You’re almost there! Find out what to expect in these last few weeks before your baby arrives.
You’ve entered your second-to-last month of pregnancy. It’s time to put the final touches on your preparations – outfitting the nursery, and purchasing a car seat, bath and mealtime accessories, and clothes. Now that you’re getting bigger, don’t forget to relax during these last few weeks. You’ll have precious little time for yourself once your baby arrives!
Here’s a look at what’s happening with your baby – and your body – this month.
Weeks 33 - 34
Now that you’re in the final weeks of pregnancy, check that you’re ready for delivery day. Get all of your final obstetrician visits scheduled, and have a birth plan in place. You and your partner might want to do a trial drive to the hospital, mapping out your route, investigating parking options, and finding the entrance to the labor and delivery department, so there’s no confusion when your contractions kick in.
Now is the time to check in with your doctor about labor and delivery options, and find out whether you might need a C-section. If you’re concerned about your chances of having an episiotomy – an incision to prevent tearing during labor – ask your doctor whether you should do perineal massage during these last few weeks. Regularly massaging the area between the anus and vulva before labor has been shown to reduce tearing – and the need for an episiotomy.
Right now, your baby measures about 17 ½ inches long and weighs over 5 pounds. Her skeleton has hardened, but the bones of her skull haven’t yet fused. They need to stay separated and mobile so they can slide over each other and allow her head to squeeze through the birth canal during delivery.
At this stage of the pregnancy, your baby’s schedule has taken on a regular pattern. She’s opening her eyes in response to light, which she can see through your belly, and closing them when it’s dark.
Weeks 35 - 36
You’ll likely see your doctor once a week now in preparation for delivery. Discuss any issues you’ve been having, and talk about what to expect during delivery. Now is a good time to find a pediatrician, if you haven’t done so already. Start with recommendations from friends, family members, your ob/gyn, and your primary care provider. Interview a few doctors until you find one you’re comfortable with.
Your size is likely becoming an issue now. You may notice that you’re clumsier than usual. This awkwardness has to do with your new center of gravity. Be extra careful to avoid a fall. The extra weight in your abdomen can also put pressure on your back, leading to backaches. Sitting up straight, sleeping on your side, and applying heat and cold to your back can help.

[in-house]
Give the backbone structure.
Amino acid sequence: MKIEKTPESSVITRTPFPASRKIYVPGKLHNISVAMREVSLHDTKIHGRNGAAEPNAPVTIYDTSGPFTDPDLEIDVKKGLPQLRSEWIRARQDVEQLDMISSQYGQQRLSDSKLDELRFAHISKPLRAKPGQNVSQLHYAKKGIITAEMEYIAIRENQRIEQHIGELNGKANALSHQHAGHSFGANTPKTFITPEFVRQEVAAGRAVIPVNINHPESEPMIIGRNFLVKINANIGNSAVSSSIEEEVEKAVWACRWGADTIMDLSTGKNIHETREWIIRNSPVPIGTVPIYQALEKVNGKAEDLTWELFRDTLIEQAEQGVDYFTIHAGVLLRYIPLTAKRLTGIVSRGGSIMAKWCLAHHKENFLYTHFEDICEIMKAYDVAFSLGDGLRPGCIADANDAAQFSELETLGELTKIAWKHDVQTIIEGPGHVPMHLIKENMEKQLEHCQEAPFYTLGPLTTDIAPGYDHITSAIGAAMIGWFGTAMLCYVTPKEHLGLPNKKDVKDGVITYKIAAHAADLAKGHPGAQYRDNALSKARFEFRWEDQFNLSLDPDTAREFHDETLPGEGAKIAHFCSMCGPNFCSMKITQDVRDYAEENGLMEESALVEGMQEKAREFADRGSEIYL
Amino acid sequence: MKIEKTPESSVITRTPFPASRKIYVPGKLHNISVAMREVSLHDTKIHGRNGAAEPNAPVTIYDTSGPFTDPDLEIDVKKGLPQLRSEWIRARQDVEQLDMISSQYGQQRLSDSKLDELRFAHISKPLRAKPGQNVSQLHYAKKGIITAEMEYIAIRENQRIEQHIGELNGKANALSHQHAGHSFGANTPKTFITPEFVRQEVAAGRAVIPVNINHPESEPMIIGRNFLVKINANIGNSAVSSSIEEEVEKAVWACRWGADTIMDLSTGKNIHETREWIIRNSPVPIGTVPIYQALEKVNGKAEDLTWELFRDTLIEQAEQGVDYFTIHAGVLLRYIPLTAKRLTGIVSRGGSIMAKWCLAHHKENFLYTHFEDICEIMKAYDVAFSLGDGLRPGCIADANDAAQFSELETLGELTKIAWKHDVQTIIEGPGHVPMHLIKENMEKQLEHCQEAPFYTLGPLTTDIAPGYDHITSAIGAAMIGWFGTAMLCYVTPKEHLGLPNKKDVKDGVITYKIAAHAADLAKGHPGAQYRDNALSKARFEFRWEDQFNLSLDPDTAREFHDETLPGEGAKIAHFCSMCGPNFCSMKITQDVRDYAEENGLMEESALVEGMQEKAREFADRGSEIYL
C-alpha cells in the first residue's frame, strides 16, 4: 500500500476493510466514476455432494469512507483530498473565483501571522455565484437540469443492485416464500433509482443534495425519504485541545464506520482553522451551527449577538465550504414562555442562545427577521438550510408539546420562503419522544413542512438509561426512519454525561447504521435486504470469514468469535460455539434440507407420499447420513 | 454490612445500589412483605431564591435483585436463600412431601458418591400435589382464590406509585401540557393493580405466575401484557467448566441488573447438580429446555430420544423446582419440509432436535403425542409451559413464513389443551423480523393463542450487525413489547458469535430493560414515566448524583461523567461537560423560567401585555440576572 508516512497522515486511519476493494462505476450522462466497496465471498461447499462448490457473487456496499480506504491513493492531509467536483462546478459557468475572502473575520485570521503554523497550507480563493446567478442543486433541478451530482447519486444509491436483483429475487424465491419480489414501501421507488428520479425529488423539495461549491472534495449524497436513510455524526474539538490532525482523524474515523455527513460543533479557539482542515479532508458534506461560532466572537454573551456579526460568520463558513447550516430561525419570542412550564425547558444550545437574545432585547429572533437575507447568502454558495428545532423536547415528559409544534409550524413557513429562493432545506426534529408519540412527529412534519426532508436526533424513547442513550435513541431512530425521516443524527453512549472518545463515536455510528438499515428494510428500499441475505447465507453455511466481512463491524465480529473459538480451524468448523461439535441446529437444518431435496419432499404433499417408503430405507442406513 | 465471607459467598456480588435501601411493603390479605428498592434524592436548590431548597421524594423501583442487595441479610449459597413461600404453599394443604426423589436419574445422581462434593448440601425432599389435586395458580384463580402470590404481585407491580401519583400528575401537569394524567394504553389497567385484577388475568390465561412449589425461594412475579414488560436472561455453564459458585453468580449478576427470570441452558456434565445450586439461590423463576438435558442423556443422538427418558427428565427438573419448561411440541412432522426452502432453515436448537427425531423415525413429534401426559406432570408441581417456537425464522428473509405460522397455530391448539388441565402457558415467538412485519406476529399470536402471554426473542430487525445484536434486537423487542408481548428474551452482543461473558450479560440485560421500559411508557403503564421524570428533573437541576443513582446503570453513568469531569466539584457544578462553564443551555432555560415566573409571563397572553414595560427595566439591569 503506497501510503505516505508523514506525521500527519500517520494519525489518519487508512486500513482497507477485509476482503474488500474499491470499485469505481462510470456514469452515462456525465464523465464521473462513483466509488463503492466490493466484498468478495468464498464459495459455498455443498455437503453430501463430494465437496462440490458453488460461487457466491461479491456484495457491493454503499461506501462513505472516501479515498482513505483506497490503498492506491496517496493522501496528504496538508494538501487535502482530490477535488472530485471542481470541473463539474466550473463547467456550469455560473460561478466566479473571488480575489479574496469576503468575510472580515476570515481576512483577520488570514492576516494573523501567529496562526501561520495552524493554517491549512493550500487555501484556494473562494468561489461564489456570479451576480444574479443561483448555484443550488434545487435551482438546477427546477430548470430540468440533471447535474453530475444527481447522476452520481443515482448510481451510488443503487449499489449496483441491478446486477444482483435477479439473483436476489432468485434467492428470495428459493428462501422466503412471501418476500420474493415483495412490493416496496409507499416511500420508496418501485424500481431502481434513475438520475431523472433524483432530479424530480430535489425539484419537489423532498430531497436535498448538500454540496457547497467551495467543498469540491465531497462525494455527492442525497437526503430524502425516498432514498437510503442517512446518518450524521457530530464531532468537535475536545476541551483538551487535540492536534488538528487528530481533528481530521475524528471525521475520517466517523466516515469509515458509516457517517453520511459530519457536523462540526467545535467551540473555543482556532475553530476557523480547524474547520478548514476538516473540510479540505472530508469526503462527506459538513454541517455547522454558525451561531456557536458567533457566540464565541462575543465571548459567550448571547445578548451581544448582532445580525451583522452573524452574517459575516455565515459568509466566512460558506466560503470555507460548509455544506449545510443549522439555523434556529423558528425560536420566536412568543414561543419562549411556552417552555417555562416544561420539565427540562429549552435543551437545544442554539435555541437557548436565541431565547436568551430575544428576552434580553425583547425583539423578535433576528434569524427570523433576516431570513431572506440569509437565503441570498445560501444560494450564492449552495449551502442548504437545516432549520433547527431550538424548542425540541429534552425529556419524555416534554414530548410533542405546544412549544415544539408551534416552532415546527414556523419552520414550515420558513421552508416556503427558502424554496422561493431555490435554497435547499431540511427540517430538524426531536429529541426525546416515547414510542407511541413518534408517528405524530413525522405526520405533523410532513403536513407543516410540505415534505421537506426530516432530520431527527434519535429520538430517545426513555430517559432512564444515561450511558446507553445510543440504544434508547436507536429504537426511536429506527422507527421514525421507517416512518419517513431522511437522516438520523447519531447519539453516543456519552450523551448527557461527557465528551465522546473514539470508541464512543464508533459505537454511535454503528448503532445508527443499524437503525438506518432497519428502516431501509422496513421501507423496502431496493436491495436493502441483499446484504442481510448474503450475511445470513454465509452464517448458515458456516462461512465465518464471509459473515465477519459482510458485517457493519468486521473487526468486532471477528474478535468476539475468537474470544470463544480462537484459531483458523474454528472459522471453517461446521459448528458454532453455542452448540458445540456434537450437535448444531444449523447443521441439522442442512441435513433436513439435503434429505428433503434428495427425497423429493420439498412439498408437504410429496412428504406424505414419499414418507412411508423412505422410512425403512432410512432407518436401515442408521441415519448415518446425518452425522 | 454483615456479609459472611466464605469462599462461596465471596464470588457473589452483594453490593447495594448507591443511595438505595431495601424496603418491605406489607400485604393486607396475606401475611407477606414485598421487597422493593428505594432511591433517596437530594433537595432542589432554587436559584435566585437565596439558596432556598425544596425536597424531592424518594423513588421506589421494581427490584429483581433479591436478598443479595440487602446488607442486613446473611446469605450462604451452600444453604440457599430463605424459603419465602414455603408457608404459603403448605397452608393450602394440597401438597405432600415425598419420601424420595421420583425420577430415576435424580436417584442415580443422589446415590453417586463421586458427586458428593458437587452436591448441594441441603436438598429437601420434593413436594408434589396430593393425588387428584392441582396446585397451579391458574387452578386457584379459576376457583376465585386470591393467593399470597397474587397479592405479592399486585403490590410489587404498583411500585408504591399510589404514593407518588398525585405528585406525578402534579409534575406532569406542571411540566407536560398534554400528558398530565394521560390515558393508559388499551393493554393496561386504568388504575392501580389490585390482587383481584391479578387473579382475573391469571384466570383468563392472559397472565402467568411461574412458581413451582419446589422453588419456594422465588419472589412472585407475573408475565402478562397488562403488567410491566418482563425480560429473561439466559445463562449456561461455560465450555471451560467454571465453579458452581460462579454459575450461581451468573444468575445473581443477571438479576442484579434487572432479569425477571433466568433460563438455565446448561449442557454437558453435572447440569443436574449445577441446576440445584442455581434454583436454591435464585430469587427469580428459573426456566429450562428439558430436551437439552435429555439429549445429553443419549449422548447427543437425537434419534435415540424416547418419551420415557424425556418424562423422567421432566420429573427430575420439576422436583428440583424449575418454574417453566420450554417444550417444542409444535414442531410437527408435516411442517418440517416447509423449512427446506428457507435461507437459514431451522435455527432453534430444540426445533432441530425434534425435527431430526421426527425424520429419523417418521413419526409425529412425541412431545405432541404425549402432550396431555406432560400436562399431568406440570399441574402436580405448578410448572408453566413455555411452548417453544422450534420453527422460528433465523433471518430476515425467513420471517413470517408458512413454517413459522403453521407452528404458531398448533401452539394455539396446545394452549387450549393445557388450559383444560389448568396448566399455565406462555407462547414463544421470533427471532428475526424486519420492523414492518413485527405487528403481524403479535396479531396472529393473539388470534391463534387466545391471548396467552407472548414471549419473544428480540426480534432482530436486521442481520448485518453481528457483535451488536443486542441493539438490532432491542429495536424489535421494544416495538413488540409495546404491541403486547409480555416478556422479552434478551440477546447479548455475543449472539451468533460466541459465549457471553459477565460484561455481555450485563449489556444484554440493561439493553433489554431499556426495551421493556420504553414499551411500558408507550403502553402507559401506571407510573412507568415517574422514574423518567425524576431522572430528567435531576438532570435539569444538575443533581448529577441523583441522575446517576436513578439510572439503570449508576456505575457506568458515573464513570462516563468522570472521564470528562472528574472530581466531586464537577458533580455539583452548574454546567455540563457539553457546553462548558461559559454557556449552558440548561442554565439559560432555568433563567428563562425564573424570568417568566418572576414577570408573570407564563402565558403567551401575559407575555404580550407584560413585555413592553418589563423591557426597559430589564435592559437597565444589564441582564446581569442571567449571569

Some pregnant women notice fluid leaking from their vagina during the last trimester of pregnancy. It could be urine, dribbling out from the pressure of your womb (which has now dropped – or lightened) on your bladder. Or, it might be amniotic fluid. If you’re not sure what you’re leaking, call your doctor just to be safe. Also call if the fluid is foul smelling, or it has a greenish color – signs that you have an infection.
Your baby measures 17 ½ to 19 inches, and weighs 5 ¾ to 6 ¾ pounds. His organs are essentially complete now. The brain and nervous system are fully developed. The lungs are ready to start breathing on their own. Baby’s kidneys are filtering blood and removing wastes into the urine. And the heart is pumping away. If you’re having a boy, his testicles are descending from his abdomen into his scrotum. (In some boys, the testicles don’t fully descend before birth. Usually, they’ll make their way down before the end of his first year.)
As your baby takes up more room in your uterus, his movements won’t be as big, but you should still feel about 10 kicks, rolls, or flutters each hour. If you don’t feel much or any movement in your abdomen, call your doctor.
What to remember
Because of your growing girth, you might be afraid to have sex for fear of the discomfort involved, or out of worry that you’ll hurt your baby. It’s perfectly safe for most women to have sex well into their third trimester. Your baby is surrounded and protected by amniotic fluid, so the motion won’t hurt him. (Although, if you’ve had any pregnancy complications like placenta previa or premature labor, or you’re having multiples, check with your doctor first.) Choose a position that feels most comfortable – for example, having your partner behind rather than on top of you.
September 19, 2016
Janet O’Dell, RN